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eukreign

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So, to answer your question: Anything can happen depending on the mood of the politicians and how much they hate their slaves, i mean citizens.

The law and what actually happens are not related in practice.
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fourthgeek

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If a tree falls in a forest and nobody is around to hear it...
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rabidfurby

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Slightly different perspective:

Original: http://www.lewrockwell.com/gregory/gregory96.html

The Dead Ends of Technicalitarianism

by Anthony Gregory

Ian needs to read this next time one of those ZIP-code-eschewing crackpots calls in.
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bushwacker

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If a tree falls in a forest and nobody is around to hear it...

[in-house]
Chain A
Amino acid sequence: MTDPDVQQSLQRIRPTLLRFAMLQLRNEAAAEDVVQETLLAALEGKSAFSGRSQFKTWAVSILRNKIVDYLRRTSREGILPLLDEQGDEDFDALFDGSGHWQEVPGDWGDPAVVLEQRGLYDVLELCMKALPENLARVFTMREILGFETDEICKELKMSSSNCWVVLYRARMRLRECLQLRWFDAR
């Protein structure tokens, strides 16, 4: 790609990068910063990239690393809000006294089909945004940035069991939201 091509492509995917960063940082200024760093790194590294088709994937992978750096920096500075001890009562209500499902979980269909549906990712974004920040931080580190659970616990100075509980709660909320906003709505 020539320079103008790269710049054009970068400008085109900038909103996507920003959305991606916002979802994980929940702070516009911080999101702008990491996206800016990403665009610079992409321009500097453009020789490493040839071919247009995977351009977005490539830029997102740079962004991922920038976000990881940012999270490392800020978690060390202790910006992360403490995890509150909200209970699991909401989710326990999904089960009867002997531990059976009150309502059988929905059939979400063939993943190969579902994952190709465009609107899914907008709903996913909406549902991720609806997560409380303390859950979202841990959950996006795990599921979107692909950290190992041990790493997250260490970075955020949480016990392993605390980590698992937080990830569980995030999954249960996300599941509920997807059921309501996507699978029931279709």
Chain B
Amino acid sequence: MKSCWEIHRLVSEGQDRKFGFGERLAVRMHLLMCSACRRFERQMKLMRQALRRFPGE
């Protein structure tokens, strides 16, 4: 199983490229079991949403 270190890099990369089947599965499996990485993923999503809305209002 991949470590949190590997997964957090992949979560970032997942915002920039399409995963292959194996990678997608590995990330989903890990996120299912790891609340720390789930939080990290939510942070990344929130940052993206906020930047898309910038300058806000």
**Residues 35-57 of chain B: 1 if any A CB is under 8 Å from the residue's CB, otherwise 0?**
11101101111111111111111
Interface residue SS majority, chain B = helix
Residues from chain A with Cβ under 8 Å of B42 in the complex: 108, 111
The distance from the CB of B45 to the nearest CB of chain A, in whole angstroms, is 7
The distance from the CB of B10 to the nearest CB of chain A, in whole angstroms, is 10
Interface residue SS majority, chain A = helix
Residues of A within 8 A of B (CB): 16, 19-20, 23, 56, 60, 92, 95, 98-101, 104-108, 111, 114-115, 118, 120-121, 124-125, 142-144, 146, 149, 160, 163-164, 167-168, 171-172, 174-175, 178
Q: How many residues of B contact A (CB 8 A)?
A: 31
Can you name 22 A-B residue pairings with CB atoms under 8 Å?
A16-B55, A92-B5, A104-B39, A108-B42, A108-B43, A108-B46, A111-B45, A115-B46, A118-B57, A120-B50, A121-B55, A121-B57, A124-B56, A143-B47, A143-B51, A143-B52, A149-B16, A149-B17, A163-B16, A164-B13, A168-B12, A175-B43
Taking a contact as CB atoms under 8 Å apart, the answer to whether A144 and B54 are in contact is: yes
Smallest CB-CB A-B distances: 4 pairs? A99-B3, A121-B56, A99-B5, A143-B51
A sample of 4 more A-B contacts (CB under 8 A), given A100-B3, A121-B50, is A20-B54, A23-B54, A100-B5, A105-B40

....It still falls. Also, the sound of one hand clapping is the sound you get when I smack you upside the head for asking such stupid questions! :P

But seriously... Most of us agree that government=violence, and that as an organizational body, it does not understand anything but the force it dishes out. Thus.... Why don't we fight back? Why not give 'em a taste of their own medicine? Perhaps it would kill them or at least tranquilize for a while :D
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eukreign

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If a tree falls in a forest and nobody is around to hear it...

....It still falls. Also, the sound of one hand clapping is the sound you get when I smack you upside the head for asking such stupid questions! :P

But seriously... Most of us agree that government=violence, and that as an organizational body, it does not understand anything but the force it dishes out. Thus.... Why don't we fight back? Why not give 'em a taste of their own medicine? Perhaps it would kill them or at least tranquilize for a while :D